Blockchain technology can also be put to great use in the insurance sector, which needs to maintain gigantic records of premiums, claims and payments. The industry faces great threat from fraud, such as “crash for cash.” According to the Insurance Fraud Bureau in the U.K., “Costing around £400m a year, ‘Crash for Cash’ scams are run by fraudsters who manufacture collisions, sometimes with innocent road users, hoping to profit from fraudulent insurance claims. With claims from a single collision potentially worth tens of thousands of pounds, organized fraudsters are orchestrating scams that involve multiple collisions and can be worth millions of pounds.”
Blockchain and Business
The public sector is another area where blockchain has potential use. It can help to make the public sector service more efficient by plugging the loopholes; matters such as citizen identity, vehicle registry, pensions, tax payments, patents and asset (real estate) can be registered on the blockchain. Additionally, industries such as media, diamond, music and healthcare have already started tapping blockchain technology.
According to the World Diamond Council, “An estimated $13 billion worth of rough diamonds are produced per year, of which approximately $8.5 billion are from Africa (approximately 65%). Global diamond jewelry sales continue to grow, increasing three-fold in the past 25 years, and are currently worth in excess of $72 billion every year.” Despite certain mechanisms in place, the industry faces unique problems like insurance fraud and tracking the origin of diamonds; it has struggled to track and check the entry of “blood” diamonds from entering the legitimate supply chain of diamonds. (For more, see: 5 Ways to Invest in the Blockchain Boom.)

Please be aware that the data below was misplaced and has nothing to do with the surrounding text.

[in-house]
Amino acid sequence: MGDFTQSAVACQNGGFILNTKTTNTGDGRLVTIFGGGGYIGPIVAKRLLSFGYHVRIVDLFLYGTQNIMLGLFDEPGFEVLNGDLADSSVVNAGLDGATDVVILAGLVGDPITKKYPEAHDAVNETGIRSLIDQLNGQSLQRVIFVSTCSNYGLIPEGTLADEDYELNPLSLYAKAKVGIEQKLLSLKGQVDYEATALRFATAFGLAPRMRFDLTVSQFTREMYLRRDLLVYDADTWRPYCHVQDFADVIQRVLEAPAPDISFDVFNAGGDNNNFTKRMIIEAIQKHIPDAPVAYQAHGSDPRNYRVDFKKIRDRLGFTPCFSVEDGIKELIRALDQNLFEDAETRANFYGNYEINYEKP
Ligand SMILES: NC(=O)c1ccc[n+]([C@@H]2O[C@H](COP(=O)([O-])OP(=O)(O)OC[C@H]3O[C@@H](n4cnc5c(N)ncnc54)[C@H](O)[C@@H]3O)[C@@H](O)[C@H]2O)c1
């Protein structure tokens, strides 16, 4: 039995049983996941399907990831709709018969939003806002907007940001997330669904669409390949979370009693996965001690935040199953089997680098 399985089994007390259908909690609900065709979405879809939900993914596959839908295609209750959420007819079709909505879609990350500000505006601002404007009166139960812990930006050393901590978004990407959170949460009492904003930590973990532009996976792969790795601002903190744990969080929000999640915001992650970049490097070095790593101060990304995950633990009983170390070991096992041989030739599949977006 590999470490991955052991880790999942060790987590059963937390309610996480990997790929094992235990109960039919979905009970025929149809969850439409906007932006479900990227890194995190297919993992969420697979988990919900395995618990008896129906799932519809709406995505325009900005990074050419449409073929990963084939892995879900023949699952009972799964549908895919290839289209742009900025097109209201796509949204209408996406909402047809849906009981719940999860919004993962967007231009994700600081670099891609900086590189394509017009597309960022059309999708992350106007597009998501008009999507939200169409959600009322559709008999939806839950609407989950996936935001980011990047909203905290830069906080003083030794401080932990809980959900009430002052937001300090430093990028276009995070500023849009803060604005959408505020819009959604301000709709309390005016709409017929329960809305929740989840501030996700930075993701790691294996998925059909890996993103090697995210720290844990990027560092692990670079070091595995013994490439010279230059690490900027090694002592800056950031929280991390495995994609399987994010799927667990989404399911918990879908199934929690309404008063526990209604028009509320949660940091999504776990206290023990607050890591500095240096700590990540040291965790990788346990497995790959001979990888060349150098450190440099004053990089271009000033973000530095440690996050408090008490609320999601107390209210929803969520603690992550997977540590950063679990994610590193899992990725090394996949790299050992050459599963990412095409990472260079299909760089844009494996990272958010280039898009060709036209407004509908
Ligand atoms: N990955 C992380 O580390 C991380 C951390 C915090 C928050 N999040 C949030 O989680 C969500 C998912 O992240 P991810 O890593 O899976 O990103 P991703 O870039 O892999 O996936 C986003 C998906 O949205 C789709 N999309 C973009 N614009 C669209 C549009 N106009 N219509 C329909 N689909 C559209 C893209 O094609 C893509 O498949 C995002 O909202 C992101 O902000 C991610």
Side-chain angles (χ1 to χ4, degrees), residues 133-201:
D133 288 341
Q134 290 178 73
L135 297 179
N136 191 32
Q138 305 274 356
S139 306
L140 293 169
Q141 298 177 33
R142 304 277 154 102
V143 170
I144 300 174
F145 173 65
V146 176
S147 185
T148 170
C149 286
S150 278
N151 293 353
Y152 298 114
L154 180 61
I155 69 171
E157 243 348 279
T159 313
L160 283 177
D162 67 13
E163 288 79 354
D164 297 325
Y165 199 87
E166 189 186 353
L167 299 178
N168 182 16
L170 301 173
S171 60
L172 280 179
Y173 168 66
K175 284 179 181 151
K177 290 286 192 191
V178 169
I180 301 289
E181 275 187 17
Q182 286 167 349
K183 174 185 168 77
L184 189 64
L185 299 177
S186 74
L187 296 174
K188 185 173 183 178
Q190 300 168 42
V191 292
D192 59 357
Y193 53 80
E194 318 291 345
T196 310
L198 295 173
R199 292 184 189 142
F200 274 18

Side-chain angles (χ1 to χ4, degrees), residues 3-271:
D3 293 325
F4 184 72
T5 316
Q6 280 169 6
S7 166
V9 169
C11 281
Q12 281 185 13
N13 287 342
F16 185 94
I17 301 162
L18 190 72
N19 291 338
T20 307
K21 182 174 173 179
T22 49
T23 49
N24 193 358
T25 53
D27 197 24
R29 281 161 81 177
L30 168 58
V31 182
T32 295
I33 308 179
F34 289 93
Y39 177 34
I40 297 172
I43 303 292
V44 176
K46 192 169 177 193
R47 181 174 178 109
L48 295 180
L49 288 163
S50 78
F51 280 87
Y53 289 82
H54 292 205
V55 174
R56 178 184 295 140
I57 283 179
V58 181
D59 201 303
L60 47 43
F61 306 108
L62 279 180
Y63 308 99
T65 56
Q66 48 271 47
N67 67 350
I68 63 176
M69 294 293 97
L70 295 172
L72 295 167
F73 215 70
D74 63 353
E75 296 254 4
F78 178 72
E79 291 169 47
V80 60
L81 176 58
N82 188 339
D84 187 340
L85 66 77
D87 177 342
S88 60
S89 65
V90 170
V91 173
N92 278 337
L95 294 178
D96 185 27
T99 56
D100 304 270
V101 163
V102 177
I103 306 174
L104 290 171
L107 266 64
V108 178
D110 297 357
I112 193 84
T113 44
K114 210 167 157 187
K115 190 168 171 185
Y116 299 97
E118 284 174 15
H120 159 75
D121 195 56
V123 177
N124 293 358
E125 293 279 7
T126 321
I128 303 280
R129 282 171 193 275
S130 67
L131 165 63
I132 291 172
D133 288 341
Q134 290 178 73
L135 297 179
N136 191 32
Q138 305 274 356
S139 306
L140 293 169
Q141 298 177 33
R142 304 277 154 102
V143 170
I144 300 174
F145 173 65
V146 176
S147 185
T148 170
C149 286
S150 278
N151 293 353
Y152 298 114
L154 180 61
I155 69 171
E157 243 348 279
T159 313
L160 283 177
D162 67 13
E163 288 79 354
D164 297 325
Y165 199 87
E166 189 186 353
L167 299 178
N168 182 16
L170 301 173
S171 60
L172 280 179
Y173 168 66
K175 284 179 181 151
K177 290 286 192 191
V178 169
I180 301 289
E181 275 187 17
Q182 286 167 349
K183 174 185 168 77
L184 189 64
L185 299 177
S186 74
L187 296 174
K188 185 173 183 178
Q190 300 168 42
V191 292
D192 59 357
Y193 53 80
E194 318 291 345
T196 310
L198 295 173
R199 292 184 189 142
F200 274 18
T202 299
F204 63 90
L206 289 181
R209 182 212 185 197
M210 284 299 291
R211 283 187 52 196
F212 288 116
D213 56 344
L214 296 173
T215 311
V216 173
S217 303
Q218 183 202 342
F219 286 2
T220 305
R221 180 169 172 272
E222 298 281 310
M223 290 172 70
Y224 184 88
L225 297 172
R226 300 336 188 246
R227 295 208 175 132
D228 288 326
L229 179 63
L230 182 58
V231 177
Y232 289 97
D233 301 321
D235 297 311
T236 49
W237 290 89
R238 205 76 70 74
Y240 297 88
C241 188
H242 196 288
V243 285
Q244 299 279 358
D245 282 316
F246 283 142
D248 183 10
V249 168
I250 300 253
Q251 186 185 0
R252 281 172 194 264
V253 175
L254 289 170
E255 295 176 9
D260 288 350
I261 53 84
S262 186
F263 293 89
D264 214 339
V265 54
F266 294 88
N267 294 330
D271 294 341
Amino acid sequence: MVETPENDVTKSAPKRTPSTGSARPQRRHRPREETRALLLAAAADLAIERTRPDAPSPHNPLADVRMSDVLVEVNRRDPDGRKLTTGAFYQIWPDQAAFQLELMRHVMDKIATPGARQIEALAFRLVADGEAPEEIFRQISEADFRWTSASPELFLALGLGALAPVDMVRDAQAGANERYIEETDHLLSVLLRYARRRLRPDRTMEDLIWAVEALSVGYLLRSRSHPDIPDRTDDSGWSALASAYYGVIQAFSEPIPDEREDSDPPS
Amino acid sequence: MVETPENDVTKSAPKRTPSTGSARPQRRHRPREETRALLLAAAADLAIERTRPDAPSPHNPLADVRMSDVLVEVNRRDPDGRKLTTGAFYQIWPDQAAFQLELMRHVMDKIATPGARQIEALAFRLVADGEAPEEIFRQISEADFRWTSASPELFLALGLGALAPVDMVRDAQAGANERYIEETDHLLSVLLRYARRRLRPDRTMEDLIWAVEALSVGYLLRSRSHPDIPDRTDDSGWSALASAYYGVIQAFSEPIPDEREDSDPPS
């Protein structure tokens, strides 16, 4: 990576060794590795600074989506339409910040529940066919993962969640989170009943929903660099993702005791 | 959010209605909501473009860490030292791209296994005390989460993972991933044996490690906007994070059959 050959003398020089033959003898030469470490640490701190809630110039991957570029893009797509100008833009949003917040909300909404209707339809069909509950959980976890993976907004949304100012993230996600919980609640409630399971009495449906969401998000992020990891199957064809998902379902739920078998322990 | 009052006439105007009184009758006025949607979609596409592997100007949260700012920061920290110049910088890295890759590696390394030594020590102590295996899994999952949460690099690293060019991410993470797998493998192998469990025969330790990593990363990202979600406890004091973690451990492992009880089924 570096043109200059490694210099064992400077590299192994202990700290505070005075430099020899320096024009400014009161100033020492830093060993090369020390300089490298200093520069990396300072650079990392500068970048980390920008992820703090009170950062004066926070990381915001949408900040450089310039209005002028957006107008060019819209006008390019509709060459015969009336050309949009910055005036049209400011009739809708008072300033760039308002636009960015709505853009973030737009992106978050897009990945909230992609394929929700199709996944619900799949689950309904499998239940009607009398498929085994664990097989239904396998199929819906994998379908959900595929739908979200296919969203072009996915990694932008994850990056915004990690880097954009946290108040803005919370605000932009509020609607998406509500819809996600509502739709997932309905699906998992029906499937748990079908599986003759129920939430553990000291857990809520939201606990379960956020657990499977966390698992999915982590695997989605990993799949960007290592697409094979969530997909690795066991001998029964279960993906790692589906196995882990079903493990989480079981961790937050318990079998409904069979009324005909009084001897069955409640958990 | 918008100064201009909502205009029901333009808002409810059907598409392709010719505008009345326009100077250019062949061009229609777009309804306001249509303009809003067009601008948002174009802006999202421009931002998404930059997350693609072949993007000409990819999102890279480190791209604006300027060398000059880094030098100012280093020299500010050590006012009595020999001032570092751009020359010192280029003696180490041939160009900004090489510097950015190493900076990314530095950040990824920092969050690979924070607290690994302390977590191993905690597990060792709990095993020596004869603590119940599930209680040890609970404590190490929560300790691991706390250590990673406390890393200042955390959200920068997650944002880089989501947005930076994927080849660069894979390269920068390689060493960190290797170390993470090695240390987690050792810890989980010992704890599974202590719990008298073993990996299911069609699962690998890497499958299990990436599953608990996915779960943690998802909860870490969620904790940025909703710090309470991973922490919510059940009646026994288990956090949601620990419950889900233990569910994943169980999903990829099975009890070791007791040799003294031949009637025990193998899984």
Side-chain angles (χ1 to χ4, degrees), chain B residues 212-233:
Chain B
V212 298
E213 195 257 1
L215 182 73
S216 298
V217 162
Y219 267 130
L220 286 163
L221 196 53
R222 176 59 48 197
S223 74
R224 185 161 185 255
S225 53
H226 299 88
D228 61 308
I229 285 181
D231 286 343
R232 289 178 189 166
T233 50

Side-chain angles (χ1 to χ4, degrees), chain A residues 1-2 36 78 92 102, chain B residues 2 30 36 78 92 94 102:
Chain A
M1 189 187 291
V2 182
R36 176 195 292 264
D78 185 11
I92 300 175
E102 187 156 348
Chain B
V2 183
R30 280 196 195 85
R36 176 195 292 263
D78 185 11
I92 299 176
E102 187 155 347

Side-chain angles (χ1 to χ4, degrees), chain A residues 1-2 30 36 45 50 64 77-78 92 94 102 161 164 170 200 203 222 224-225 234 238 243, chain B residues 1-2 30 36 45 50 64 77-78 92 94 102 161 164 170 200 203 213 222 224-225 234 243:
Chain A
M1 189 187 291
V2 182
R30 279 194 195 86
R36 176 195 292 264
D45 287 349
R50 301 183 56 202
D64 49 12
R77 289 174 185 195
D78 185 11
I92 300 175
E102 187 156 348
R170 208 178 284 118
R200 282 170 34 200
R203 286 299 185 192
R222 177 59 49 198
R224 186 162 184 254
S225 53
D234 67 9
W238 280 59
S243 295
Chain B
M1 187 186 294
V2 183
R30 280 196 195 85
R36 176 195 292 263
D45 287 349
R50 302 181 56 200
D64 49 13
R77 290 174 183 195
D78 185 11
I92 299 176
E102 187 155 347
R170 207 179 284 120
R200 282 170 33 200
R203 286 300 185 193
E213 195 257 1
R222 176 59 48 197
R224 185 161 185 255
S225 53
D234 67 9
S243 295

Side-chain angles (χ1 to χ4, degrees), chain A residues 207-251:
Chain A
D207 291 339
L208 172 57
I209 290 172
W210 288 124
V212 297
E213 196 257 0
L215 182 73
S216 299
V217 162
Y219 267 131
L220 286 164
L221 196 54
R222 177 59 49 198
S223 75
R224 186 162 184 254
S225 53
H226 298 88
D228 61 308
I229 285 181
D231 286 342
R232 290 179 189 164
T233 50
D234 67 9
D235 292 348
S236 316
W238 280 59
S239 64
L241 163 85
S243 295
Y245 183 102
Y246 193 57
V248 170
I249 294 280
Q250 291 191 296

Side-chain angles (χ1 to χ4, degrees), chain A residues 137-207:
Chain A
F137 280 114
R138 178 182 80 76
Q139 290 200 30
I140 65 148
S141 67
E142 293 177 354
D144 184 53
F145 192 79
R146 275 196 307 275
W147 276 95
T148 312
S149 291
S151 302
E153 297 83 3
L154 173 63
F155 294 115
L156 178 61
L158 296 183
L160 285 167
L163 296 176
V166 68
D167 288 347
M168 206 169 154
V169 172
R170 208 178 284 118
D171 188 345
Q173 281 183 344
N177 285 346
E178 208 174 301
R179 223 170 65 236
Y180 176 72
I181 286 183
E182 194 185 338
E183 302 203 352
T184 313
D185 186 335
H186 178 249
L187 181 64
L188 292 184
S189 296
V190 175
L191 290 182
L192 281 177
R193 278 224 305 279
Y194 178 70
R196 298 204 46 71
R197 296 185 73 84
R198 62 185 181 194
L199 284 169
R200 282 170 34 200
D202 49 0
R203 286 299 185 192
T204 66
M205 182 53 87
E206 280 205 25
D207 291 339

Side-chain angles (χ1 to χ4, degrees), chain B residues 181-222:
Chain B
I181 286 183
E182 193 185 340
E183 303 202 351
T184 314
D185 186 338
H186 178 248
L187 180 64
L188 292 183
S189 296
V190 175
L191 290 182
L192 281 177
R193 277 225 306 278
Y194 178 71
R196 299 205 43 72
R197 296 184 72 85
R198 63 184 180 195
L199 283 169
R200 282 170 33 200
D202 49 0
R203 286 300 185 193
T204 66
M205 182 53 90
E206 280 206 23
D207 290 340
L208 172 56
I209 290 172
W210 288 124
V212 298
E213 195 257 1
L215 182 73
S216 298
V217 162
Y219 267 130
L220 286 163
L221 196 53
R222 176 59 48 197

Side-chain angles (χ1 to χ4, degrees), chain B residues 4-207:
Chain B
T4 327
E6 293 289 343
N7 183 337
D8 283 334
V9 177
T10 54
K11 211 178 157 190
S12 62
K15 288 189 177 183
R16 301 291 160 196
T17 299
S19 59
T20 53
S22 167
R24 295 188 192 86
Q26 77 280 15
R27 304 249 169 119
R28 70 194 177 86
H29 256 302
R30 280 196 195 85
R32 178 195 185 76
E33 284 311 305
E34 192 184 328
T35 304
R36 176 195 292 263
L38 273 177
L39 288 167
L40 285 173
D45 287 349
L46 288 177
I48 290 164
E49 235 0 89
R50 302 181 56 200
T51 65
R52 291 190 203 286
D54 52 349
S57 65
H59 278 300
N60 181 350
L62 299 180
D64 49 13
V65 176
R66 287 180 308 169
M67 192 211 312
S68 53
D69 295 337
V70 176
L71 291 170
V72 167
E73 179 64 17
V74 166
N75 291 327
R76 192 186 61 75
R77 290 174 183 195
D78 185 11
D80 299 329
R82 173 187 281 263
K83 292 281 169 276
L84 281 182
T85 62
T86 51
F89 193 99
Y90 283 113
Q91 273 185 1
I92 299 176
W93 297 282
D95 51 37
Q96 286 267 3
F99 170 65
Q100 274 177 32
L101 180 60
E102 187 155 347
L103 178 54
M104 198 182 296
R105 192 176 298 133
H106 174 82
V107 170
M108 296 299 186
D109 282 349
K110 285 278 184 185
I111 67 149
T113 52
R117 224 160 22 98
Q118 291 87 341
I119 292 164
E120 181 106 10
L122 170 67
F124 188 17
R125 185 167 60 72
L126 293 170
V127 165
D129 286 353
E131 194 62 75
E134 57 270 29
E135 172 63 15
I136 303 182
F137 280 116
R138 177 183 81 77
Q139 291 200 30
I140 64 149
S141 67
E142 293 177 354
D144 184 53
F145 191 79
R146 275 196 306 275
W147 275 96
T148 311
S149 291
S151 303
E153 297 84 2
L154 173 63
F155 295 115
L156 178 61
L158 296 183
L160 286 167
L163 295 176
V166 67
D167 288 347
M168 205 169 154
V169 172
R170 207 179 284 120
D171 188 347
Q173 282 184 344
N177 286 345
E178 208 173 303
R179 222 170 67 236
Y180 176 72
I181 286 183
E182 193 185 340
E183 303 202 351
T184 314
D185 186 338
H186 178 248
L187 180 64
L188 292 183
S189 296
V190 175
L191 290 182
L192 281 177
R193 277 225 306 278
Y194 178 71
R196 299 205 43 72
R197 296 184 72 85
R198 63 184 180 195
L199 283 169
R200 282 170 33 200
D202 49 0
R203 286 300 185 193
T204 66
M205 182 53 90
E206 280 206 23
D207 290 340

Everledger is using blockchain technology as a solution to these problems. Everledger defines themselves as a “fraud detection system, overlaying big data from closed sources like insurers ad law enforcement.” Companies like PeerTracks, Bittunes and Ujo Music have been working to bring the blockchain technology to the music industry. According to a recent announcement PeerTracks has collaborated with MUSE, a blockchain specially tailored for the music industry in association with OpenLedger and Danish bitcoin exchange CCEDK, to resolve the problem of monetizing music in an easy and convenient way.
The Bottom Line
Although the blockchain technology is just making its debut in many spheres of business and industry, there are signs that it is here to stay. This technology, which is the backbone of bitcoin and other virtual currencies, is being endorsed and praised by prominent institutions from the International Monetary Fund (IMF) to government advisory bodies.
A recent report by the U.K. government states, “Distributed ledger technology is already having a profound impact on how private companies manage data and interact with customers and suppliers. If applied within government it could reduce costs, increase transparency, improve citizens’ financial inclusion and promote innovation and economic growth.”